Why Birthing a Book and Birthing a Baby Are Really Very Different
Thank you so much for having me on Uniquely Moi! I wanted to bring up a phrase I’ve heard a lot lately, that having a book published is a lot like giving birth to a child. Sure, the similarities are clear—like children, books leave home and become their own beings. They have their own adventures, become meaningful to other people, and, sometimes, go on to become more than their parent ever thought possible.
But since I will have given birth to both within the past year (the babe was born in September; the book will come on May 22), I thought I’d talk about the one key way in which they differ—timing.
Giving birth to a baby is a process, but it passes in a blink relative to the amount of time it takes to deliver a book. Granted, the gestation periods are similar—a book could be written in nine months, though it often takes longer. But it’s the actual delivery that’s so wildly different.
Most people, when birthing a baby, head to the hospital when serious labor pains start, and they generally come back home with a newborn within 48 hours. Sometimes there are false starts or premature deliveries that can slow down the timeframe, for most people a day or two is all it takes.
With my latest book, Dog Days, the process took about three and a half years. That’s one heck of a long labor! I started writing in the fall of 2008 with one clear idea—I knew I wanted to write about a woman and a dog switching bodies. Unfortunately for me, that was about all I knew. The book had a number of false starts that included total rewrites, cut chapters, and tireless work by my critique group. By November I finally had a decent sense of where I was headed.
Writing the first version of the book took me about ten months—I like to think of that as the pregnancy period. All the rest—a two and a half year process—was the delivery, most of which consisted of revising, revising, and revising.
The first revision came after I showed the manuscript to my agent, Kevan Lyon, of the Marsal Lyon Literary Agency. Dog Days includes two point-of-view characters—Zoe, the dog, and Jessica, the person. Kevan’s feedback convinced me to give Zoe’s sections a pretty thorough overhaul.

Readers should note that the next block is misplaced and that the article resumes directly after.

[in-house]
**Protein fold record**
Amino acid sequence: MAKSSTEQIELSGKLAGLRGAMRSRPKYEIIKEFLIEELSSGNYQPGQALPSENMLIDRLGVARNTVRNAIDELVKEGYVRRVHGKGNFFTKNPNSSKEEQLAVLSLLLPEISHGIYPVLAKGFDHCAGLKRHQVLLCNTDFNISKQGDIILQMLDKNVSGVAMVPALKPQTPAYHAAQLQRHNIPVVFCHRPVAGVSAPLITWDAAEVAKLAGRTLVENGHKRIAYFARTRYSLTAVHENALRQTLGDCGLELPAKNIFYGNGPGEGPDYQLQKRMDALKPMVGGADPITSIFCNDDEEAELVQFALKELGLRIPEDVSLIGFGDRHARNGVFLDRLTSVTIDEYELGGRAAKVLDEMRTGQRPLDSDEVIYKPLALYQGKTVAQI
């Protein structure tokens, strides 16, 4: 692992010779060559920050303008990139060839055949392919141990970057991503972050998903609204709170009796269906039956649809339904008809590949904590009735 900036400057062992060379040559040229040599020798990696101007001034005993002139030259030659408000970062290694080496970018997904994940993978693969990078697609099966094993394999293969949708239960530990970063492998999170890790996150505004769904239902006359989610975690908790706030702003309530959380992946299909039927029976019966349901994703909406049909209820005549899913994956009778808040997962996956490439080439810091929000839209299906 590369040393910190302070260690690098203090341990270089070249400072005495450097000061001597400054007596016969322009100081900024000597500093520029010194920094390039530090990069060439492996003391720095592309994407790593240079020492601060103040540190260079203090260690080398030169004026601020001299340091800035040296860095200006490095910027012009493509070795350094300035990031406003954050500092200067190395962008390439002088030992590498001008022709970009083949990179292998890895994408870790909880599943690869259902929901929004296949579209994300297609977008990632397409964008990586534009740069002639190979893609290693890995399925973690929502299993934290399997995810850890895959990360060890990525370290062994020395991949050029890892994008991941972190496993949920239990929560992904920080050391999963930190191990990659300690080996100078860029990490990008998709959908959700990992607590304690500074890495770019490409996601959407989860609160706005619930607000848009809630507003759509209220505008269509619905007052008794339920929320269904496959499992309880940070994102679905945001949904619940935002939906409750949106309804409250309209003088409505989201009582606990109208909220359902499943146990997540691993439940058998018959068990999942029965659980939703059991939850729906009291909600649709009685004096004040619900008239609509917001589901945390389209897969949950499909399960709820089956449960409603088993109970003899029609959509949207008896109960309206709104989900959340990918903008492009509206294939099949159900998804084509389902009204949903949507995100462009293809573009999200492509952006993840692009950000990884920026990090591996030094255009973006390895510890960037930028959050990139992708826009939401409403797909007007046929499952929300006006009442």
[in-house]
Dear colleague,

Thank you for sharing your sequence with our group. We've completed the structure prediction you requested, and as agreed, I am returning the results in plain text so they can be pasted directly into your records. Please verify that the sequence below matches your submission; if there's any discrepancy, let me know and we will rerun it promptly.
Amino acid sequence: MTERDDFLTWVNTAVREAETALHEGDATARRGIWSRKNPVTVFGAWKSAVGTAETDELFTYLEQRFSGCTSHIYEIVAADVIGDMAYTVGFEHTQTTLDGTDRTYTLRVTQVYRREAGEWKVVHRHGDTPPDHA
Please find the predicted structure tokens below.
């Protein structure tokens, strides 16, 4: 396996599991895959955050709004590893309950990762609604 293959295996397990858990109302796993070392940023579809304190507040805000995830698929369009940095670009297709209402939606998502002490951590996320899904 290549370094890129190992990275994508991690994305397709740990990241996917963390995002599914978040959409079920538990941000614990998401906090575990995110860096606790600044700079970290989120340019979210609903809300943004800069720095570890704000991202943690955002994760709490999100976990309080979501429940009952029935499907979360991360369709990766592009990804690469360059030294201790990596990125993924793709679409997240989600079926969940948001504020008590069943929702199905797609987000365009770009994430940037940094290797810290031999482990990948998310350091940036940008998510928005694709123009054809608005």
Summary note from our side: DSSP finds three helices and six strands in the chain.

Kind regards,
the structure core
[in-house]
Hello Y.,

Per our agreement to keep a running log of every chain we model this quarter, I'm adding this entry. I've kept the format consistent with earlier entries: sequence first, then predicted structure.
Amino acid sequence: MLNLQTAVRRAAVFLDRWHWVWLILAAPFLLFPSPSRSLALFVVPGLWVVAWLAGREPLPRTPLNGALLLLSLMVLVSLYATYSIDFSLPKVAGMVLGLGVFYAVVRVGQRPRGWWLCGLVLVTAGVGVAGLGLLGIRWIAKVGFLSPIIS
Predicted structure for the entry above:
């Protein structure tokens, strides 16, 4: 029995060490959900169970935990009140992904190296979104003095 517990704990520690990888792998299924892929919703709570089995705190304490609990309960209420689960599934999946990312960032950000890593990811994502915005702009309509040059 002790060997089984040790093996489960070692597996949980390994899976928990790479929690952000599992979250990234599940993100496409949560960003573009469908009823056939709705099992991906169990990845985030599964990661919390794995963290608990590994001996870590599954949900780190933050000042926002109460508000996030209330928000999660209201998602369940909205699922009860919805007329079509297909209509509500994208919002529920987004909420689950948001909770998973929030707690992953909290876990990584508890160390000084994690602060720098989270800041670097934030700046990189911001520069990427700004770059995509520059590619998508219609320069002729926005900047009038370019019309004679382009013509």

Once that was done, Kevan sent the manuscript out to editors she thought might be interested (this was in August 2010). We had the wonderful good fortune to receive an offer from Kristin Sevick of Tor-Forge. (Yippee!!) Not long after, Kristin gave me her editorial suggestions, which this time focused on Jessica’s side of the story.
Kristin and I spent the next year shuttling the manuscript back and forth. After an initial, major revision, there were two more rounds, followed by copyedits. One year later after we finished that work, here I sit, just a week from publication.
Soon, just like when a pregnant woman takes that big trip to the hospital, a book will appear. I’ll be surprised to see it, like any new mom, because ultrasound images never give you any idea of what the really baby will look like. I’ll be excited to show it off to friends and family. I might even cry a little (new moms get so emotional.) And, after a few months have passed, I’ll forget all about the agony of delivery and will be ready to go through the whole thing again.
Elsa Watson is the author of Dog Days, in which Zoe (a dog) and Jessica (a person) are struck by lightning and switch bodies, leaving Jessica trapped in a dog’s body—and giving Zoe thumbs and the chance to speak. (Coming May 22.) Find Elsa online at www.elsawatson.net.